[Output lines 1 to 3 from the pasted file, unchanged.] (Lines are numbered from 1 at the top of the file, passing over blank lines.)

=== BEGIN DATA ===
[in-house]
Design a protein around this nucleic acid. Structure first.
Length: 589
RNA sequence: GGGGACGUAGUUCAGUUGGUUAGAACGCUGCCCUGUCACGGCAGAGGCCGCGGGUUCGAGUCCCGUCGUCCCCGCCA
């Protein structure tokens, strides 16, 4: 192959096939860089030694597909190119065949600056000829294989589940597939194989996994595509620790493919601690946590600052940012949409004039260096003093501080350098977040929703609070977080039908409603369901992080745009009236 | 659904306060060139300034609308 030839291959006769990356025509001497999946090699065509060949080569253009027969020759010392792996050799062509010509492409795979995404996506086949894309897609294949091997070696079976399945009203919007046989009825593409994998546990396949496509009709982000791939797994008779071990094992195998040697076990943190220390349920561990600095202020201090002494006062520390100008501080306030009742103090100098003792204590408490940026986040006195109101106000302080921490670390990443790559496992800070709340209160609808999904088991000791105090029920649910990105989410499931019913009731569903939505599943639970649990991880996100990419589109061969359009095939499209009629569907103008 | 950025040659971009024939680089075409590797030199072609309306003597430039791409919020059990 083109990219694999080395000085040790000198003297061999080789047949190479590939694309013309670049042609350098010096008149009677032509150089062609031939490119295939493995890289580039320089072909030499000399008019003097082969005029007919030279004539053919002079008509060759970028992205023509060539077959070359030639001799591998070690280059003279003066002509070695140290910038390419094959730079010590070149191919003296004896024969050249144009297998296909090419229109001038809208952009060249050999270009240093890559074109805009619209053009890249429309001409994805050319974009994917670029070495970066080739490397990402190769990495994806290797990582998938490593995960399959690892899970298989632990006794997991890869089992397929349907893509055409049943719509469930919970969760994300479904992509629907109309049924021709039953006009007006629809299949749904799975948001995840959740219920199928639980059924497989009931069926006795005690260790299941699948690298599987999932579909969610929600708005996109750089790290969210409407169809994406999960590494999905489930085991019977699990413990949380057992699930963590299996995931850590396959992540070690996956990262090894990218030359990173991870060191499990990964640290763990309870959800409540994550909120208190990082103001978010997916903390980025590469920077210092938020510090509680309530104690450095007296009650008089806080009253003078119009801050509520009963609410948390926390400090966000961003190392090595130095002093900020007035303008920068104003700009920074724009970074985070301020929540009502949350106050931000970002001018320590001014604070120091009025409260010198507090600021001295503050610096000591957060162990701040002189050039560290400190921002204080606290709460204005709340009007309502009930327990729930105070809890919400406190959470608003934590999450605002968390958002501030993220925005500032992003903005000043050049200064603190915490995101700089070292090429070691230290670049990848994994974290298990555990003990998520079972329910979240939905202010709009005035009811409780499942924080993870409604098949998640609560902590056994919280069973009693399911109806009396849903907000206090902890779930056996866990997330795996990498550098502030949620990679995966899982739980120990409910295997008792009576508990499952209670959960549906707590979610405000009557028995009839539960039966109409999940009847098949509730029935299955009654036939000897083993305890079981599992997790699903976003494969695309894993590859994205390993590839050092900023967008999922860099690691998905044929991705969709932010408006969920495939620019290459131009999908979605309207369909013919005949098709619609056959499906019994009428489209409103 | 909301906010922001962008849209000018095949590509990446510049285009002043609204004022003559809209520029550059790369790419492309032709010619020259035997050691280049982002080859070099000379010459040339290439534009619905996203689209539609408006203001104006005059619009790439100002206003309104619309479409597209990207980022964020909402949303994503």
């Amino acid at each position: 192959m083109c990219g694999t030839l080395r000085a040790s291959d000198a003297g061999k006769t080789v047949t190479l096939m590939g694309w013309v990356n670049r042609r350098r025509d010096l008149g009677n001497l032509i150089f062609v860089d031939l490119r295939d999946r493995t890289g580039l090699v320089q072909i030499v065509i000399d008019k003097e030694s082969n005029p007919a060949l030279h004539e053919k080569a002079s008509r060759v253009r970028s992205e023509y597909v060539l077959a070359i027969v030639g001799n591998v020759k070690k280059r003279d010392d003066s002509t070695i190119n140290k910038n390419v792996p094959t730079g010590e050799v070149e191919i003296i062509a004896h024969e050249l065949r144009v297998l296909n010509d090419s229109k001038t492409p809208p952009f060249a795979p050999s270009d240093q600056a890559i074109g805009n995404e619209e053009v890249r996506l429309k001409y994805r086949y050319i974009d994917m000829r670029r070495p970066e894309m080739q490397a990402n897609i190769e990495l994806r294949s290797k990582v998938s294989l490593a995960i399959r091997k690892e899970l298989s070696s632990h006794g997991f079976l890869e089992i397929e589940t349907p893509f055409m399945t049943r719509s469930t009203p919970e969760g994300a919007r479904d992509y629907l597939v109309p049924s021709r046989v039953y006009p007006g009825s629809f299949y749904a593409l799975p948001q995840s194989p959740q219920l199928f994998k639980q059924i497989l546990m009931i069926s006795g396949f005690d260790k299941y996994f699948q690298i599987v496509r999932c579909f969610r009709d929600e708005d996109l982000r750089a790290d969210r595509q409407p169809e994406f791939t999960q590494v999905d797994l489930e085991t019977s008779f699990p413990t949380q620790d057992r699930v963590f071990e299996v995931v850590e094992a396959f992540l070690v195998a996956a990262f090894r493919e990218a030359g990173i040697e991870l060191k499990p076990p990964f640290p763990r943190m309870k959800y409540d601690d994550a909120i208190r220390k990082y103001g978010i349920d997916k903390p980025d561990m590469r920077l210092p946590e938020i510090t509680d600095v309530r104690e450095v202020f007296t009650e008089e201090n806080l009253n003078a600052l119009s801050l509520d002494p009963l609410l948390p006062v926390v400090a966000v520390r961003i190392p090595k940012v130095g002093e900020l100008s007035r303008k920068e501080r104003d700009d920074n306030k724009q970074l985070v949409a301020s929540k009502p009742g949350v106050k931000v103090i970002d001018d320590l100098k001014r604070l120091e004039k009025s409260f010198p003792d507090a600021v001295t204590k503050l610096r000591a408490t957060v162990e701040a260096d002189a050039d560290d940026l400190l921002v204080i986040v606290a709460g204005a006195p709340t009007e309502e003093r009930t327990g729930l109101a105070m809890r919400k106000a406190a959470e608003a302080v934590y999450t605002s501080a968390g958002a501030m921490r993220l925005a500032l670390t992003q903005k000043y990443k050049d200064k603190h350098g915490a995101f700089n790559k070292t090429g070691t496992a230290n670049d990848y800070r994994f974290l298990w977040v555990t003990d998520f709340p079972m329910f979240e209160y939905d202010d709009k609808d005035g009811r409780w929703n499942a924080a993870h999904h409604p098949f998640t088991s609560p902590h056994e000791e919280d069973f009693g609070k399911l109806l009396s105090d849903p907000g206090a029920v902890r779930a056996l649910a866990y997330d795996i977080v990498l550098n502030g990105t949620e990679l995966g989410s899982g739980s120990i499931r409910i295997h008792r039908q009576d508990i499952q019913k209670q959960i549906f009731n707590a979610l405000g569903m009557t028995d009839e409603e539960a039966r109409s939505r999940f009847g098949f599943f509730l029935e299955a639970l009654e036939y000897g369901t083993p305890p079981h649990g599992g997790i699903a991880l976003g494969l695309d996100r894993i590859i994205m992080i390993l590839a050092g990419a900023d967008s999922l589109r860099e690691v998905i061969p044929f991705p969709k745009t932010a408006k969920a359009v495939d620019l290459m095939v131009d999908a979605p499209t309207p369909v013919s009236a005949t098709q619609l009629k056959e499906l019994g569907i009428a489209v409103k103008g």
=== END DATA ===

[in-house]
Design a protein around this nucleic acid. Structure first.
Length: 589